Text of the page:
Finally, the high electrocution-related abandonment rate of territories in the Abruzzo area resulted in a steeply declining, low-density population in the higher electrocution risk area and a stable, high-density population in the lower electrocution risk area, confirming our predictions. However, the effect of electrocution on territory abandonment interacted with an area effect, suggesting that the impact of electrocution may be context-dependent: in both areas, electrocution risk was higher at abandoned than at stable territories, but territory abandonment seemed to require a higher level of electrocution risk in the Trento region (Table 3). We suspect that the Trento population had higher food availability, as suggested by its higher density even before the progressive decline of the Abruzzo population. This could lead to higher productivity and abundance of floaters, young itinerant owls, ready to replace any territory holders eliminated by electrocution. Such a scenario would be compatible with the higher frequency of unstable but not abandoned territories in Trento. Finally, when we limited our analysis to eight study areas within the same region (i.e. with similar resource availability), density was negatively related to electrocution risk. Overall, such results were suggestive of a locally tailored threshold of landscape ‘power line load’ (Bevanger 1994) beyond which there may be a population effect on local distribution, nest dispersion and population trend. Unfortunately, this implies the absence of an absolute threshold value applicable to all areas.

In conclusion, our results showed how a subtle anthropogenic disturbance may alter the gradient of environmental quality for a conservation-sensitive species in a short time frame, leading to potential population limitation through erosion of available habitat. Similar consequences may be caused by other human-induced sources of mortality (Barrios & Rodríguez 2004). In our case, the hazardous landscape features peaked at low altitude, which may potentially result in fragmented populations progressively isolated on mountain tops, with the eventual risk of local extinction being especially likely for low dispersal species (Hanski 1999). As a result, we may expect the highest impacts on low-altitude, low-density and low-dispersal species. Furthermore, in mountain environments biodiversity often peaks at low altitude (e.g. in the Alps; Sergio, Marchesi & Pedrini 2004), leading to conflict between human development and commitments to biodiversity preservation.

conservation implications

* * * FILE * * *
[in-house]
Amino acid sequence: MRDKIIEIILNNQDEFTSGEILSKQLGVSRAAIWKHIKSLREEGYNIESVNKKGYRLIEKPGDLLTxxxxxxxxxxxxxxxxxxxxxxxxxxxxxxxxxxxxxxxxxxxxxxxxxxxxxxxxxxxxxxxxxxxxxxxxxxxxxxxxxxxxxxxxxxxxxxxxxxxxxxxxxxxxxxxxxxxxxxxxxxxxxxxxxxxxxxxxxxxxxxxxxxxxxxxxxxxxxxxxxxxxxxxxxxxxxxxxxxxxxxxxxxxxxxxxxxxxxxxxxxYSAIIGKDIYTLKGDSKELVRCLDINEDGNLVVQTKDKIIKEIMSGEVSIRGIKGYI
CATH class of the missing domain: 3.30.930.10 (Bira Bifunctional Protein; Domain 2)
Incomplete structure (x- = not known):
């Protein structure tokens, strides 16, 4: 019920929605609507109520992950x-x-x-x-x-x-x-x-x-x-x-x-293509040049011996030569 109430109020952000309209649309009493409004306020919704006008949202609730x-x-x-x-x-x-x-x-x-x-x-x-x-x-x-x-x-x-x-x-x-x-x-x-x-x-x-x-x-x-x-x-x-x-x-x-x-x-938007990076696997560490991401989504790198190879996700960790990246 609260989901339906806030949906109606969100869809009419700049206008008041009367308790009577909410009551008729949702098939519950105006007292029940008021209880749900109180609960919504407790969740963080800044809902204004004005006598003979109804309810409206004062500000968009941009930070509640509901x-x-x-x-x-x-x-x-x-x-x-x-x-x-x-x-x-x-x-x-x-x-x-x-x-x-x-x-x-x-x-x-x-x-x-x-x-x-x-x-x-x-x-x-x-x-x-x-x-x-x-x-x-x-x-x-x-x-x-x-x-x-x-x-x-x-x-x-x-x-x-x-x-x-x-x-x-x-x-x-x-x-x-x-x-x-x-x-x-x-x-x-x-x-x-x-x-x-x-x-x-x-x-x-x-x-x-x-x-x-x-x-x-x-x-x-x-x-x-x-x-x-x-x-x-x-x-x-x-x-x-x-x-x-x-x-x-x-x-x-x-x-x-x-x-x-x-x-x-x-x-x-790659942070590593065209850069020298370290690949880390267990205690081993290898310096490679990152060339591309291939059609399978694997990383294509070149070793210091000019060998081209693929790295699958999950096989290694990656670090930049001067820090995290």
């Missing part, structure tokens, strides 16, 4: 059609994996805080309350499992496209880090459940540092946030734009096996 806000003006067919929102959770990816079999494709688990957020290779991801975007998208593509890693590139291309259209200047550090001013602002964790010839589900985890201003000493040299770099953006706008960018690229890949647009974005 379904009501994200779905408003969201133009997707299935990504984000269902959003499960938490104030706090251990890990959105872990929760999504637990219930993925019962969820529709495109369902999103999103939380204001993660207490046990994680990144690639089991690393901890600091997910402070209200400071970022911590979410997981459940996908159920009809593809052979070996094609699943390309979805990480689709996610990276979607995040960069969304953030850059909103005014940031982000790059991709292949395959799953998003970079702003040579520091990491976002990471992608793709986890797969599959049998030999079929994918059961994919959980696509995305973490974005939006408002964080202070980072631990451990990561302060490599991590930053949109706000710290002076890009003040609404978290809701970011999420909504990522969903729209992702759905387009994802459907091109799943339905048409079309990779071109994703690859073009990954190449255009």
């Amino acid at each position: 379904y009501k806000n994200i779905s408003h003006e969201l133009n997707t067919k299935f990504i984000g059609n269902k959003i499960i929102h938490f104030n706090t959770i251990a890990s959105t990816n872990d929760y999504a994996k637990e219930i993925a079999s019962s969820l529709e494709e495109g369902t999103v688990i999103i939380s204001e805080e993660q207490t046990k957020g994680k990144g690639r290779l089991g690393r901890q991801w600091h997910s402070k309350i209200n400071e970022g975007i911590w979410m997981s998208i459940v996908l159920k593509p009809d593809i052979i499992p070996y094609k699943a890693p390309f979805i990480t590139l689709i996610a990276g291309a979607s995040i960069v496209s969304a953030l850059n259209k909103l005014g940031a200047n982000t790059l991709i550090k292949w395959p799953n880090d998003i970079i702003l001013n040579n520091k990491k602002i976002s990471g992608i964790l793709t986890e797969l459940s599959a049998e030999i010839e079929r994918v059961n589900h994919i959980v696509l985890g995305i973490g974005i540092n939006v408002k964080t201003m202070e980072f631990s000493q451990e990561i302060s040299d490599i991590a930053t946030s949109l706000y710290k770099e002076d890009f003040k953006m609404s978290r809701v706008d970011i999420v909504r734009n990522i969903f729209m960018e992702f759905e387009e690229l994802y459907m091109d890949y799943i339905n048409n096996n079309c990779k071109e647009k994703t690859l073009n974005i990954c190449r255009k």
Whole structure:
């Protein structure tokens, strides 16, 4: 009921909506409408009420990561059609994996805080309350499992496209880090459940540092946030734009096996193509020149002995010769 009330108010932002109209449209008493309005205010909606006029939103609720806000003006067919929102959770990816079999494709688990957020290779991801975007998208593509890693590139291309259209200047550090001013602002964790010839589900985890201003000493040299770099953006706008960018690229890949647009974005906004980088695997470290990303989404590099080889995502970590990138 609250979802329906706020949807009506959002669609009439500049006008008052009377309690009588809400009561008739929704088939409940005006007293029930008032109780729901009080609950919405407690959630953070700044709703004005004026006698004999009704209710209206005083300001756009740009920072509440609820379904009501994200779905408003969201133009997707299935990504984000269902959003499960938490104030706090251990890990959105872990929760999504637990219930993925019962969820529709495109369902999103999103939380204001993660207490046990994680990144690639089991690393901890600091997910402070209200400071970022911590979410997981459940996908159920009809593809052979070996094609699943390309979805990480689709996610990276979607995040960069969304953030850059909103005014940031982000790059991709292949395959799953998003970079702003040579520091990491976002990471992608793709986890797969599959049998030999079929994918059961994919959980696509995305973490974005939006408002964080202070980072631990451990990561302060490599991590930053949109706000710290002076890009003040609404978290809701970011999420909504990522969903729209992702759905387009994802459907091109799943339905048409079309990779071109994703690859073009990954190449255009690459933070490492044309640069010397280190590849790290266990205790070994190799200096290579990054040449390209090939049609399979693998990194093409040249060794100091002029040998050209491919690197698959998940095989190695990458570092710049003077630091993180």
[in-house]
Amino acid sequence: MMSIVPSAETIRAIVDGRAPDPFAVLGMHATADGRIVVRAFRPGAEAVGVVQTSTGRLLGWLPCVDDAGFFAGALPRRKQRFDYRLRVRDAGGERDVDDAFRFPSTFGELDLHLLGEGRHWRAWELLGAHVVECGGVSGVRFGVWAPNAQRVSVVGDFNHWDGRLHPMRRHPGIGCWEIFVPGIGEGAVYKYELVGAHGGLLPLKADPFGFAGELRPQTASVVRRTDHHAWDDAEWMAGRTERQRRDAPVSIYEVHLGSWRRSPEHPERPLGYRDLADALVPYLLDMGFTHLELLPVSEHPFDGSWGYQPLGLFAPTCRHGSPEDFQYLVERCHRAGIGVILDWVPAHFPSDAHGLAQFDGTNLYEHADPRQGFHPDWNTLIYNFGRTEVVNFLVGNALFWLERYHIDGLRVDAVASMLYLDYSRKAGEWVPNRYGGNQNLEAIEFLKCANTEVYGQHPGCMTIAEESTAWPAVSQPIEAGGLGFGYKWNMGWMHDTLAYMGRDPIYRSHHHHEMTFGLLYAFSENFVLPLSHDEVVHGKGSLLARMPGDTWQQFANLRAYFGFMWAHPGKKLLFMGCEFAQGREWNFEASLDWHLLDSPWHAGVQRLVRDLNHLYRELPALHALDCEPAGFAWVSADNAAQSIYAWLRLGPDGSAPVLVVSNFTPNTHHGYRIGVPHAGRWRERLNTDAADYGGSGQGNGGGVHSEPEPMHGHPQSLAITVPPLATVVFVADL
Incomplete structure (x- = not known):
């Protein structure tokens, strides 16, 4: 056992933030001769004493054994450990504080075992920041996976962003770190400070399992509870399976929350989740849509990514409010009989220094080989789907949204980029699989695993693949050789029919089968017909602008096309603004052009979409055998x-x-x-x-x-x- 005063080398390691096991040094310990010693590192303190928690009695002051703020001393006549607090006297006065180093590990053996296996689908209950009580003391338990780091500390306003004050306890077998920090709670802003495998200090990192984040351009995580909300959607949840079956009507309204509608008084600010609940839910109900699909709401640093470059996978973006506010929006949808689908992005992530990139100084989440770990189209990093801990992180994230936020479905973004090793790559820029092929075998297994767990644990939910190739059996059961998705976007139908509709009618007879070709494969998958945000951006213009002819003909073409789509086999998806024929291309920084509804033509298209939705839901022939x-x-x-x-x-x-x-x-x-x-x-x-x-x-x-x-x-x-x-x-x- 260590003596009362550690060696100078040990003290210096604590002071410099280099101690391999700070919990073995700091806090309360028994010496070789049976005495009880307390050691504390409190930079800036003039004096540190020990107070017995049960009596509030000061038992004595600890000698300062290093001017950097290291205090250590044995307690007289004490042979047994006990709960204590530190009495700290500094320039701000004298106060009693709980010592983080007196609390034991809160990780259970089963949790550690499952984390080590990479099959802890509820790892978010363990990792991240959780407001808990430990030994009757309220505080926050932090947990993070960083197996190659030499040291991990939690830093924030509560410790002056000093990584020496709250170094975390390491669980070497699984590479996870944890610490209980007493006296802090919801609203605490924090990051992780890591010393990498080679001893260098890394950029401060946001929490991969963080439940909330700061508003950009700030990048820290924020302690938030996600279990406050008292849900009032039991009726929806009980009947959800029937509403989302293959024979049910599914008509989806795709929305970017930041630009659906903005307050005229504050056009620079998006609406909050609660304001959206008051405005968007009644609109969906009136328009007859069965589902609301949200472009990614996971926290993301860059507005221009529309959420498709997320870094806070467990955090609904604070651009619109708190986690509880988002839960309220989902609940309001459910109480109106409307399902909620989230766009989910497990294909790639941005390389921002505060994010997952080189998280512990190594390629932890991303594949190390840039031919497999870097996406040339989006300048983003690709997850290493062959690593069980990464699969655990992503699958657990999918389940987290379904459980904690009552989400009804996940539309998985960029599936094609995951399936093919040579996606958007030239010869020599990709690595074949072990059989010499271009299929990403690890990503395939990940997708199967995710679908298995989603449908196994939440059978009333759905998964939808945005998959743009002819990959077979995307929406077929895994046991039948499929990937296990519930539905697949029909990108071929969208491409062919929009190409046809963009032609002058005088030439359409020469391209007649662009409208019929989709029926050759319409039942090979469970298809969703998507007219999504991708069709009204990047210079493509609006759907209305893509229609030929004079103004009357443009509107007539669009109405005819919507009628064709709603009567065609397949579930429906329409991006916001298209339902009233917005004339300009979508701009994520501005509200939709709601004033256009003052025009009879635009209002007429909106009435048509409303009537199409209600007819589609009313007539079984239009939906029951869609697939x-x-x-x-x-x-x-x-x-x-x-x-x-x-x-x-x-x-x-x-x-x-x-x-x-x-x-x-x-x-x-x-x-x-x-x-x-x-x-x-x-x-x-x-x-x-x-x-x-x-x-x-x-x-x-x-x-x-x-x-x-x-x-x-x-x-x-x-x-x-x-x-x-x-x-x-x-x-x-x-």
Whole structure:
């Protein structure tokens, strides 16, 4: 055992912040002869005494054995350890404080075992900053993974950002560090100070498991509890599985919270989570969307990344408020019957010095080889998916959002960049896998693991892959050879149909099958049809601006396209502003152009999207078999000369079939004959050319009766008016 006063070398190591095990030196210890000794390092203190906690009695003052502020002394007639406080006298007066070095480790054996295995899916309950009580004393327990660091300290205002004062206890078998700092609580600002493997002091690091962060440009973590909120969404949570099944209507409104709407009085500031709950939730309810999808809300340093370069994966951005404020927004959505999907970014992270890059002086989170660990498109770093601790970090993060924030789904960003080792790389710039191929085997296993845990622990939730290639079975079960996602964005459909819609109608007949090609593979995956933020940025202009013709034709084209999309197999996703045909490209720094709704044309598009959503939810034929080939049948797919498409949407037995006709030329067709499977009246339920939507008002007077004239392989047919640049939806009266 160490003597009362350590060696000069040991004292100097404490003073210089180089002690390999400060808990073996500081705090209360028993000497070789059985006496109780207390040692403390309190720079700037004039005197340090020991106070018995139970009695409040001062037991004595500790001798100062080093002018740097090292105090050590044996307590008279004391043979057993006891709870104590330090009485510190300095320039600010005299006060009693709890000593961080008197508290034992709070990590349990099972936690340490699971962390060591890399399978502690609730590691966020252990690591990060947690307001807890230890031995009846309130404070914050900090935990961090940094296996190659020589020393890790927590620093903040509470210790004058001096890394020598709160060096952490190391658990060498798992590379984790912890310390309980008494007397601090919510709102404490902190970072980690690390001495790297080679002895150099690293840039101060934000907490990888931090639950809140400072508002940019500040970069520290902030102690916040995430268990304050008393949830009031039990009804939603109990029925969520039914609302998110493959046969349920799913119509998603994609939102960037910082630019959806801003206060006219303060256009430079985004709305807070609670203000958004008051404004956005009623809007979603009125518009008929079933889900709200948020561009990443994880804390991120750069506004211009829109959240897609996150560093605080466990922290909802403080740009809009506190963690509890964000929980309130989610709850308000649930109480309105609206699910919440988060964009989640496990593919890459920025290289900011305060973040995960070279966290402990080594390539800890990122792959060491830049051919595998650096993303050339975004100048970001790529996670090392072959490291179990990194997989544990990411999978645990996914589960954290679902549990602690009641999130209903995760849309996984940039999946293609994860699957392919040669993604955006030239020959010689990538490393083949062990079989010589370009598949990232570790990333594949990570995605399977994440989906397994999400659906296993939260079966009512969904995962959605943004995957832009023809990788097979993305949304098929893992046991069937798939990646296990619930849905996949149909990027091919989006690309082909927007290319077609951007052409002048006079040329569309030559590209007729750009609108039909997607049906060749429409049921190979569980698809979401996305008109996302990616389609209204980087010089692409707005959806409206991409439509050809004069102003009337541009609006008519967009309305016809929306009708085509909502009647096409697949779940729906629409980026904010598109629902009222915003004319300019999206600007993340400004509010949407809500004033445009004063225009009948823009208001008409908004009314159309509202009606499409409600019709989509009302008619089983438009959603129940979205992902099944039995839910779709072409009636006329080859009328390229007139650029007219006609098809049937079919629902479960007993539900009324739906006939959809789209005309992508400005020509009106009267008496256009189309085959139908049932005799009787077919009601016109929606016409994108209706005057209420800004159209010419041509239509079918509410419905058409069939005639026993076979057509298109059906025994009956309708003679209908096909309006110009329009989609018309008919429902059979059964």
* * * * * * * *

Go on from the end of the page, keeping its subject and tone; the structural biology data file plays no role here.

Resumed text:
Pylon design, on which most mitigation measures are based (APLIC 1996), did not enter any of our models, not even the one discriminating between pylons with and without mortality events. This is probably because most pylons in our area were hazardous. For example, of the 1817 poles measured in the Trento area, only 13% were safe and 79% were in the two most hazardous threat categories. Therefore, any pylon that an owl landed on was likely to represent an electrocution hazard. In this scenario, the strategic location of a pylon (in good hunting habitat or near a nest) was probably more important than its design. Furthermore, given the enormous spread of dangerous pylons, it is unrealistic to propose they should all be insulated but the type of pylons to be insulated should be prioritized urgently. Based on our data, we suggest the following guidelines: (i) insulate all pylons within 200–300 m of known nests; (ii) because the (cliff) nests of this species are often difficult to locate, insulate all pylons within 300 m of all cliffs, especially those below 800 m altitude; (iii) insulate all pylons with more than 40–50% open habitat in a 100-m radius; (iv) for already depleted populations, such as the Abruzzo population, insulate all pylons within 2 km of stable and abandoned nest sites; (v) insist that local electricity companies (a) build new lines that are not dangerous (which is cheaper than retrofitting existing ones, e.g. in the USA retrofitting an average pole costs $400 while building a new raptor-safe three-phase tangent pole adds $25 to its construction cost; R. Harness, personal communication), (b) digitize in GIS the location and design details of all pylons and (c) initiate systematic, GIS-based recording of bird casualties [both types of information (b and c) are currently non existent or largely incomplete in several countries]; (vi) ensure adequate population monitoring after the application of mitigation measures; and (vii) evaluate the characteristics of the landscape crossed by power lines to curtail their presence in large patches of open areas with scarce availability of alternative perch sites.